Q. Dhiraj – thanks for taking the time to speak to us today. Even though your Lab is our newest WSTNet member, you’ve been analysing media for long time. Can you talk to us about your journey into social media and Web Science?

A. Of Course. My interest started doing post-graduate research in Sociology at Cambridge where I was looking at how traditional (non-technical) social spaces and interactions were being supplemented, augmented and even replaced by what (at the time) were new technologies such as blogs, newsgroups and forums (all async, pre-web technologies). I was particularly interested in how group identities were affected by the technologies that were mediating the interactions. I looked at the way in which musicians collaborated using technology vs. live interactions and how this might impact participants’ sense of identity, say, in terms of race/ethnicity. My work went on to look at impacts and opportunities around natural disasters such as hurricanes and we’ve gone on to study several US as well as international incidents. All of this work required the collection and analysis of what we could broadly call (in todays terms) social network data, which could be classified, mapped and visualised to help uncover and understand the observed effects. That process has been going on for me since 2006.

Q. Even those early projects and research questions still sound very relevant and quite contemporary. Would you say that during that time the process of developing research questions has remained relatively stable whilst the types and volumes of data that can be employed have changed rather more substantially? 

A. I witnessed a great deal of competitive system development for social messaging systems working internationally during the dot-com era and the key changes seemed to the ubiquity of messaging standards like the SMS text message (a 140 character format that Twitter later adopted) based on the growth of mobile networks and, critically, the rise of social “platforms” like Twitter (and later WhatsApp) which transformed the culture of what had been a private point-to-point messaging model into high-speed, real-time shared messaging spaces with API’s that (initially) disclosed information (both data and metadata) about the networks of content and networks of users across multiple locations. Twitter was instrumental in developing this model into what became a new opportunity for disciplines like Web Science to do detailed analysis on huge data sets.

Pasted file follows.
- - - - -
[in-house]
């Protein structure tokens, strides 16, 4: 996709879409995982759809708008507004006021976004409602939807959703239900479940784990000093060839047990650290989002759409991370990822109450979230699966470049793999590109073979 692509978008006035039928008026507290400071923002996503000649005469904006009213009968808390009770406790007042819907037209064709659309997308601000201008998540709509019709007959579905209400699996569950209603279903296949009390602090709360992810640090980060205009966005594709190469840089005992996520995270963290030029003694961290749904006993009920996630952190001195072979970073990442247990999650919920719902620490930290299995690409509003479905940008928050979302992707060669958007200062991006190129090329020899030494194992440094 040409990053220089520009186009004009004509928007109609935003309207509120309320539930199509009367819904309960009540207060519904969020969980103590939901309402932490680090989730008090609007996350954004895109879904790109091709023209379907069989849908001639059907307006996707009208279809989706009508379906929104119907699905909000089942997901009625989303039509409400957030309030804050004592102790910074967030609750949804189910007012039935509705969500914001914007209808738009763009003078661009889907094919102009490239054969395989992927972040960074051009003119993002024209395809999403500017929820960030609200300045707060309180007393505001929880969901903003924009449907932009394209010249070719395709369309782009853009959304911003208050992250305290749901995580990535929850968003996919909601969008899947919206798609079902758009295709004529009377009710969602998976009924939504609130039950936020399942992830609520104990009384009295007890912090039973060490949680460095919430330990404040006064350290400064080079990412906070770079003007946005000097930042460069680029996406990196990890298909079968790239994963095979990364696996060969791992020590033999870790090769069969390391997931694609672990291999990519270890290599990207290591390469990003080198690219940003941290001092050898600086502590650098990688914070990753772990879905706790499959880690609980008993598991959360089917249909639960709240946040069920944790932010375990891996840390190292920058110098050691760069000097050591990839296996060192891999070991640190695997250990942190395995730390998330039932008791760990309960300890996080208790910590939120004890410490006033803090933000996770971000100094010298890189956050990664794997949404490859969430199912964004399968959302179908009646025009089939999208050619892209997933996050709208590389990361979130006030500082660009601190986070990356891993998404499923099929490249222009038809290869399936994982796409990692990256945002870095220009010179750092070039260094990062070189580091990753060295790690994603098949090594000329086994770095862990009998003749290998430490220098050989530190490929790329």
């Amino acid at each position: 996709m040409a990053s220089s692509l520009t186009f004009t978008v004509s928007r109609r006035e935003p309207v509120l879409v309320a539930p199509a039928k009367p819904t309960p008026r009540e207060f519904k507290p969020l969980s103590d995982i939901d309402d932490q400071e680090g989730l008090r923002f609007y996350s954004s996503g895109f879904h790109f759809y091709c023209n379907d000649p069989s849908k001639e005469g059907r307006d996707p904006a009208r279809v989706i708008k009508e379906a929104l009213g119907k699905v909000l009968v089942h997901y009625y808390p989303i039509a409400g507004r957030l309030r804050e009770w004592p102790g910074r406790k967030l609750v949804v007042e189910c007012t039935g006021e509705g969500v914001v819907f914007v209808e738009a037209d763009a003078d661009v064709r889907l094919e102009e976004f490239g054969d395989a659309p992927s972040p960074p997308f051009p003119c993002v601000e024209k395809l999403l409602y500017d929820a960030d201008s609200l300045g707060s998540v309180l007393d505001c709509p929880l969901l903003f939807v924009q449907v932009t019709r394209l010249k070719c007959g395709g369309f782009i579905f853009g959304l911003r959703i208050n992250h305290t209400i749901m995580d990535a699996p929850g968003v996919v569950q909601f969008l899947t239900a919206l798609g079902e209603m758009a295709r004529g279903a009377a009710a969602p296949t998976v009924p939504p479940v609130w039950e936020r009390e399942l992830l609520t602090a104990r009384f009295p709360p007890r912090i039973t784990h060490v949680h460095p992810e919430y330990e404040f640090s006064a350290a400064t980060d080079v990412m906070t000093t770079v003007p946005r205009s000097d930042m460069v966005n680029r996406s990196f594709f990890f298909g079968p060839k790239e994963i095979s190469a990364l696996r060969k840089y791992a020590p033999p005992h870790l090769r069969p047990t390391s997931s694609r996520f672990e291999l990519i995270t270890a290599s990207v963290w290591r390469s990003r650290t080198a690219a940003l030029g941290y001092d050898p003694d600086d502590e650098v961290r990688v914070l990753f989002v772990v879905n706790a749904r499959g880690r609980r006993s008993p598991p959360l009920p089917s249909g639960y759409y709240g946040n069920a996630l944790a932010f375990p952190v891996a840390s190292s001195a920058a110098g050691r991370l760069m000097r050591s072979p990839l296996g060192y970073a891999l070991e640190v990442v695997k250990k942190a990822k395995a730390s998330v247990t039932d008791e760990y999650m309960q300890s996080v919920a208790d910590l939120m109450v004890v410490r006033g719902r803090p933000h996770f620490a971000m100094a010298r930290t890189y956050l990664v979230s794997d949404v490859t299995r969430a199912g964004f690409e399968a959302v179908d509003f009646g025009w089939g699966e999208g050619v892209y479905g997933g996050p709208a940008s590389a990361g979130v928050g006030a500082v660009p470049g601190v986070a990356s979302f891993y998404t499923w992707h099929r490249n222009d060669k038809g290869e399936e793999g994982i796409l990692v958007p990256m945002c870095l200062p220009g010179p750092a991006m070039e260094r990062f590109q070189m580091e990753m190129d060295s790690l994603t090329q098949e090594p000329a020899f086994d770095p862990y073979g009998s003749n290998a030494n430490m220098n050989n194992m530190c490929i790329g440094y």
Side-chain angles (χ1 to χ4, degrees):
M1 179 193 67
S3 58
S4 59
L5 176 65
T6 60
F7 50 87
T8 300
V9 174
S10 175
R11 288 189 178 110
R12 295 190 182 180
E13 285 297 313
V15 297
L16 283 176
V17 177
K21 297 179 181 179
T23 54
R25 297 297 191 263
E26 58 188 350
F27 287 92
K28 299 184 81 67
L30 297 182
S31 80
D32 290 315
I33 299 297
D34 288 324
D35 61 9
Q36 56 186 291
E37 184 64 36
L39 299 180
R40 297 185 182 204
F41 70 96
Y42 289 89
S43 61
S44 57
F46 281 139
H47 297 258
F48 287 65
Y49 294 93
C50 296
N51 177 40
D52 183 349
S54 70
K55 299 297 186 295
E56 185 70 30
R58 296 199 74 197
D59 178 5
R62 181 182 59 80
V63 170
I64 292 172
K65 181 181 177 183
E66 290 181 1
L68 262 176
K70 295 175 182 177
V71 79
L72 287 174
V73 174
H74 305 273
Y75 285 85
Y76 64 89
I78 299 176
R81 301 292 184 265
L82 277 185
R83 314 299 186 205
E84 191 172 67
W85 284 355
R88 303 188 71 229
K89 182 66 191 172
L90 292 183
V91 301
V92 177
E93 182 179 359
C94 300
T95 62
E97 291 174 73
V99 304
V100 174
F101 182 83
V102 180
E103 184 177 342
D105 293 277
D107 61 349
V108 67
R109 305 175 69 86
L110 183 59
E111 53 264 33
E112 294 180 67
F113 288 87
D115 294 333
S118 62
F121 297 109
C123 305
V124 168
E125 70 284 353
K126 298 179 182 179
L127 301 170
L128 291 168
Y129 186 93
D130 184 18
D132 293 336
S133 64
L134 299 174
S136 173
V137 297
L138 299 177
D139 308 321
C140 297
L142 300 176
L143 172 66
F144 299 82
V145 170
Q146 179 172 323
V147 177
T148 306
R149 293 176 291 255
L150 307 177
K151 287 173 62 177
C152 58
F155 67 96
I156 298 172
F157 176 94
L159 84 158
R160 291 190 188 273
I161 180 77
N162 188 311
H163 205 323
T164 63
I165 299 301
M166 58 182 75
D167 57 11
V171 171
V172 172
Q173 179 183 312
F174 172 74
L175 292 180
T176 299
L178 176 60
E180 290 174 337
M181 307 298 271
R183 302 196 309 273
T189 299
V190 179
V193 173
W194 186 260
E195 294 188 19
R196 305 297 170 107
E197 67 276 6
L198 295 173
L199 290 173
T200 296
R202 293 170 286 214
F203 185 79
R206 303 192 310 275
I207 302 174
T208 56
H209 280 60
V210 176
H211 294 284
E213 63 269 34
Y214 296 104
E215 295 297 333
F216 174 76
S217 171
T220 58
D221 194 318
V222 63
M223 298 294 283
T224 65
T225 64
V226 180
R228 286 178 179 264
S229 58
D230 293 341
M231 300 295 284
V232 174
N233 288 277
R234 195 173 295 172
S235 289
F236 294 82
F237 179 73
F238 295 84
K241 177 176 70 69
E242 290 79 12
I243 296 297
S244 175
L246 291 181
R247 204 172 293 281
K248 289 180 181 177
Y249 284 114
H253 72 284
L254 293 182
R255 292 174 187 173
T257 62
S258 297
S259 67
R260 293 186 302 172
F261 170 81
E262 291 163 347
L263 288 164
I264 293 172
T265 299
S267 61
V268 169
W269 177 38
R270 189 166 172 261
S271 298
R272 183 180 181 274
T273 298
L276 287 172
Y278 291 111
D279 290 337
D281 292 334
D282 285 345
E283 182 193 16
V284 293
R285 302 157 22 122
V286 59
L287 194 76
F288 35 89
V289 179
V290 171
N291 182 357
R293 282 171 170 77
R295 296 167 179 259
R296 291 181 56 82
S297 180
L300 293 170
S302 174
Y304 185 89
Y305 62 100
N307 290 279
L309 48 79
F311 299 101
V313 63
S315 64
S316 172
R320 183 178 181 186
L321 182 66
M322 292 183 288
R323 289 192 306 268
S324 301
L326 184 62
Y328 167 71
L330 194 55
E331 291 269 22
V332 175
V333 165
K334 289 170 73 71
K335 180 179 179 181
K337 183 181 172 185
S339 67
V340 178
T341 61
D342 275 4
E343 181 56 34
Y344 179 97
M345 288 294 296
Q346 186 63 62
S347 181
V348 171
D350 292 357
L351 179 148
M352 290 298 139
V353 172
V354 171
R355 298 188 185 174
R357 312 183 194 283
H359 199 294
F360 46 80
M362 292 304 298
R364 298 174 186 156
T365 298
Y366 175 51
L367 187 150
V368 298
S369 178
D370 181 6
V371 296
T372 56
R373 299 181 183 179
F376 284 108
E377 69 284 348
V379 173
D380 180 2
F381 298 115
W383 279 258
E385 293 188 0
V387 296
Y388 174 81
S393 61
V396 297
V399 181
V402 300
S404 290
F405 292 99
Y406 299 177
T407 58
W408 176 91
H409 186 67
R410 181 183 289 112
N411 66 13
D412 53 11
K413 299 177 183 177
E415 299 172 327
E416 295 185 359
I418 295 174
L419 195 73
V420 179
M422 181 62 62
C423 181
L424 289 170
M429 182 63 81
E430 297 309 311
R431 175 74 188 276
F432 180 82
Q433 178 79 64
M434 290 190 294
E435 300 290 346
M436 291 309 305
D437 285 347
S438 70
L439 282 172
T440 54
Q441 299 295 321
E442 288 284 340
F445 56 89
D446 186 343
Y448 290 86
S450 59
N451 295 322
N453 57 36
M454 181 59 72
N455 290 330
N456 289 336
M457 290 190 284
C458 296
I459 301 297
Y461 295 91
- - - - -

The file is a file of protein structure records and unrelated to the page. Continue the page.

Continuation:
Q. So if the availability of data and data types have driven/enabled the research in this way what has been your experience with the transition of Twitter to X and the loss of access to the Twitter API? 

A. The broader issues with social media APIs, data scraping bans and the resulting legal battles have obviously shaped the way in which data can be gathered/analysed and, arguably, is transforming (has transformed) what it means to do Web Science; but equally we have seen a continuing trend in which the Web/Internet overall has become less overtly text-based and much more visual with the enormous growth in video platforms. This means that as Web Scientists we have had to innovate and develop new/better techniques around computer vision, video analysis and the currently available data sets to do quality research. We now combine our data archives with new data, new ways to annotate and analyse data using mixed methods to be able to work with “small data” at a more personal level vs the level of firehose (i.e., complete) data sets that are not currently (no longer) available.

Q. If you are looking at more video data will the recent rise of high-quality (deep fake) AI generated video cause you particular difficulties?

A. Well bots and fake data have been around (in a smaller way) since the very beginning – there were simple bots to be found in early news groups so fake data and bots are not a new thing at all – though the scale and sophistication of the most recent examples is obviously more concerning and hence we are also looking at how we might better detect bad data and misinformation. 

Q.. Is that your main area of interest?

A. Not only that. We continue to look at ways in which the Web may (dis)empower society and how we might identify and promote (or inoculate against) those effects. We continue to look at group social behaviours during natural disasters where we have followed a number of US and international hurricane events. We’ve studied how cancer is reported on Twitter and how this relates to disease incidence across regions/groups as well the enculturation of young people into vaping (i.e., e-cigarettes) and how much impact social media images and messages may have in that process. But we have also been looking at identifying misinformation and tools (beyond labelling) to help users identify misleading information and how it spreads. 

Q. Many thanks for spending time to talk about your work and the Computational Media Lab. We have listed some papers and a link to your website below.

 

Dhiraj Murthy is the head of the WSTNet Computational Media Lab at the University of Texas at Austin.

To read more about Dhiraj’s work and the Austin Lab click below